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Monthly Archives: May 2013

How Important is My Retro-Active Date?


The short answer is – very.

Every Claims-Made Professional Liability Insurance Policy has a retro-active date. For a new oral surgeon or dentist just beginning practice it should be your first day of practice. Experienced dentists may have a different retro-active date depending on their insurance history.

In most cases, a Dental Malpractice retro-active date determines how far back a bodily injury or professional injury caused by dental care will be covered by the policy. For example, a new dentist, Jane Doe, DMD begins practicing on July 1st 2012 and purchases her Dental Professional Liability policy effective July 1, 2012 to July 1, 2013 with a retro-active date of July 1, 2012. On August 1st 2012 she receives an incidence notice from an attorney for dental care she performed on a patient July 3rd, 2012. This would be a covered claim under the policy – since it is within her policy period July 1, 2012 and July 1, 2013 and is after her retro-active date. However, if this Dentist had waited until July 5th to place her coverage into effect, the claim would NOT be covered because the claim would have occurred prior to her retro-active date and effective date.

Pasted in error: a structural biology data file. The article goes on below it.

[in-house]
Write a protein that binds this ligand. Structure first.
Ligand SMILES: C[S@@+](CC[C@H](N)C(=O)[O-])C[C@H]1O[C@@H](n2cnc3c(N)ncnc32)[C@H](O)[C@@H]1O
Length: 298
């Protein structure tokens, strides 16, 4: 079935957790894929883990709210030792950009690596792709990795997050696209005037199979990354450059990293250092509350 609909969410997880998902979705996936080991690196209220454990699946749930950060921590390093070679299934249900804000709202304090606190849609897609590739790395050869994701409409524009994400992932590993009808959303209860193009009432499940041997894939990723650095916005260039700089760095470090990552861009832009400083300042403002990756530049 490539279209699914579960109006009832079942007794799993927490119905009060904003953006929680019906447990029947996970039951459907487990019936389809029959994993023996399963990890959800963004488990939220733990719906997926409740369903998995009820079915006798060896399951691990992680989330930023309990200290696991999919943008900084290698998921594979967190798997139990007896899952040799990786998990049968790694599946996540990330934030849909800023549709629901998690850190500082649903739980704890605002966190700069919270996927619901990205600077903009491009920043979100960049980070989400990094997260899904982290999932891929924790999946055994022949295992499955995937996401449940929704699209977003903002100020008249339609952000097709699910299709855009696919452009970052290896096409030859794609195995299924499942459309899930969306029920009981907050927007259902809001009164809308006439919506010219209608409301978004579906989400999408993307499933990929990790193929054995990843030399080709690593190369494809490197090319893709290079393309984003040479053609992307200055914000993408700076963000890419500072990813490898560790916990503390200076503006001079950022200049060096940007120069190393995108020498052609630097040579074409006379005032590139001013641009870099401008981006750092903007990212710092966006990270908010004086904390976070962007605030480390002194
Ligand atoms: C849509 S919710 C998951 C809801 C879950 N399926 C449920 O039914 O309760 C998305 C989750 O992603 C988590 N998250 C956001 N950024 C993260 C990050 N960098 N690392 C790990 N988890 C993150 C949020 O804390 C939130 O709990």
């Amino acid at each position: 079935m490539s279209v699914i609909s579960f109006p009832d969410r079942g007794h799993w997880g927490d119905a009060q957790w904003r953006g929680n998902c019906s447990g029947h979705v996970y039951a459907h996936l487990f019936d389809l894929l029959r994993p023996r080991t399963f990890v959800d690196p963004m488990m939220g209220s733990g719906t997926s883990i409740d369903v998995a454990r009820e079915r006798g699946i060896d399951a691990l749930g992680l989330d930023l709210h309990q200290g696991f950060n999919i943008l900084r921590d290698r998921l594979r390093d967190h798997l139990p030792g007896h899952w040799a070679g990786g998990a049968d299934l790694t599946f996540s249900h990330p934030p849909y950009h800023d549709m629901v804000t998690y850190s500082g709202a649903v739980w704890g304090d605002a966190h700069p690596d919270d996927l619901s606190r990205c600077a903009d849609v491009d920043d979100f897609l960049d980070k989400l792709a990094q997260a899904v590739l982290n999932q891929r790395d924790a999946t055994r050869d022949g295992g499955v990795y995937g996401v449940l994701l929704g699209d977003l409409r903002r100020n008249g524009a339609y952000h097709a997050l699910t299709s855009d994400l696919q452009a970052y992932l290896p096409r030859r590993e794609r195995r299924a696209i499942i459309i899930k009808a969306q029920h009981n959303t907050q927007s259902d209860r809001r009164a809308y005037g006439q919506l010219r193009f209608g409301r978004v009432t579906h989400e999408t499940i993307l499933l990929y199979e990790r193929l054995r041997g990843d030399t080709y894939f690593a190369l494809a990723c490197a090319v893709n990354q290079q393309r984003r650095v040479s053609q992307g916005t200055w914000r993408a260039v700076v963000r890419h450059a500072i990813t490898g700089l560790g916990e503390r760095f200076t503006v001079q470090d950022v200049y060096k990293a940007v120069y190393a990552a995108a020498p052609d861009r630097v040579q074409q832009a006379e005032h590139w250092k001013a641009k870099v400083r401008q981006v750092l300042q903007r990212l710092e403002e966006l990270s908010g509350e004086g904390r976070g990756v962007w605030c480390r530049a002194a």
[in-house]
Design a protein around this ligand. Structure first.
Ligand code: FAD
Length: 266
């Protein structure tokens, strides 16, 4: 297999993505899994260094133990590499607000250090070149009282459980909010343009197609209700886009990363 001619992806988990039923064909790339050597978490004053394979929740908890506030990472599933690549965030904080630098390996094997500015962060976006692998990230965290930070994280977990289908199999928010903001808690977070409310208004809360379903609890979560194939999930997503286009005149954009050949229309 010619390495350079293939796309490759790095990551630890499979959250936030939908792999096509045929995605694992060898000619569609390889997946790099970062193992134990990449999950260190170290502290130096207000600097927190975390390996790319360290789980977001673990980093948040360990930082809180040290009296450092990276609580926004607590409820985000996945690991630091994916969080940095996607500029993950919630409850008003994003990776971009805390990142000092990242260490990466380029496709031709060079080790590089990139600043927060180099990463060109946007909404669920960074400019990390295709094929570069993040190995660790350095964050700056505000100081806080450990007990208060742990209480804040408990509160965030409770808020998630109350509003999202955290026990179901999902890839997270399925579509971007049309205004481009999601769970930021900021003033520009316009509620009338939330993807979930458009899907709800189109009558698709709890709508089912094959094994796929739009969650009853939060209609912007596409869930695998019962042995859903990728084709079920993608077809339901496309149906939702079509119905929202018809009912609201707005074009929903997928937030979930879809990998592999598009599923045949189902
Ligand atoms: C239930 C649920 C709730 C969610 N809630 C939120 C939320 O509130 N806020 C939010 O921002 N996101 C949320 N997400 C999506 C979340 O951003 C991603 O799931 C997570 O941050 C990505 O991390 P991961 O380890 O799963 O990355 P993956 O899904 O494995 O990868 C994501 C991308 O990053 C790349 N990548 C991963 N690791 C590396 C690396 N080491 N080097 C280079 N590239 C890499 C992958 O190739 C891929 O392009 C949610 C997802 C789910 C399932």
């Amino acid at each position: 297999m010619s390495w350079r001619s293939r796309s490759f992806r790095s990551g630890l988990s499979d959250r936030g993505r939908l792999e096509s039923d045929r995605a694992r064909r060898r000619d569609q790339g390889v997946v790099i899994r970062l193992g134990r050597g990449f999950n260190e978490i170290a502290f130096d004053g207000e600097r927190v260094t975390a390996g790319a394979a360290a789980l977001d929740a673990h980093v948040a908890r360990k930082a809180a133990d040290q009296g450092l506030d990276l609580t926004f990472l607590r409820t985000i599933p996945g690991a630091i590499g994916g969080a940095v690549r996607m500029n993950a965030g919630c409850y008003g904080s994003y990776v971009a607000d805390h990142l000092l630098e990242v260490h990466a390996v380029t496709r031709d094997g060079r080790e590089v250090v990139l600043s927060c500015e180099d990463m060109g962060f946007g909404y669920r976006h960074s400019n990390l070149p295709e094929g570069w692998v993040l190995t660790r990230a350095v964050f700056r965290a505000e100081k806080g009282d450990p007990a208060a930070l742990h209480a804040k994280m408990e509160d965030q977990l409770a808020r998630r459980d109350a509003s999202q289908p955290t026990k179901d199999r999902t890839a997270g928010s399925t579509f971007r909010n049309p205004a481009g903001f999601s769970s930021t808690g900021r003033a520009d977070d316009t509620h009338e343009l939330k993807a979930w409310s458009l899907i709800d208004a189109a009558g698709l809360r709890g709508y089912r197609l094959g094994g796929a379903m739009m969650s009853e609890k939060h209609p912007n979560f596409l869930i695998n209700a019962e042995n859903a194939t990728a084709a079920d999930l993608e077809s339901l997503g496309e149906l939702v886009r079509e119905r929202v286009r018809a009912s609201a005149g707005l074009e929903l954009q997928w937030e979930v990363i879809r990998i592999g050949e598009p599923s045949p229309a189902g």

Now, let’s say Jane joins a group on March 1st, 2013 and wants to cancel her current policy and go with the new group’s insurance. She has two options to make sure her dental care work from July 1st to March 1st is covered. She can either purchase an Extended Reporting “Tail” Endorsement which will cover her or her estate for that specific time period indefinitely or she can write the new policy with an effective date of March 1st, 2013, but with a retro-active date of July 1st, 2012. Either way she will be covered for her prior acts back to July 1st, 2012. However, if she does not pursue these options, she will be solely responsible, “out of pocket”, for both legal defense and/or any claim payments, for the period of July 1st 2012 to March 1st, 2013.

Experienced dentists may wonder why they are keeping their original retro-active when there is a statute of limitations on Dental Malpractice claims. Although the statute is important to know, it is not to be considered in determining the retro-active date as the statute may change and often varies depending on the type of circumstances or patient seen, for example the date of discovery, children and the mentally challenged.

In conclusion, the retro-active date is extremely important and should be maintained unless an Extended Reporting “TAIL” Endorsement is purchased.

Regina Walker


Regina Walker is an Agent at Gracey-Backer, Inc., an Insurance Agency in Delray Beach, Florida specializing in All Lines of Professional and Personal Insurance for the Healthcare Provider. Regina is an Account Executive in the Dental/Oral Surgery Department. She can be contacted at 800-272-6055 ext 111, or at regina@gbifl.com.

What is Excess and Surplus Lines Insurance?


In Florida, a standard insurance company, also called an admitted carrier, is one licensed by the state, bound by rate and form regulations, and strictly regulated to prevent policyholders from abuse and fraud. Admitted carriers contribute to the Florida State Guaranty Association, which is used to pay losses if an insurance carrier becomes insolvent.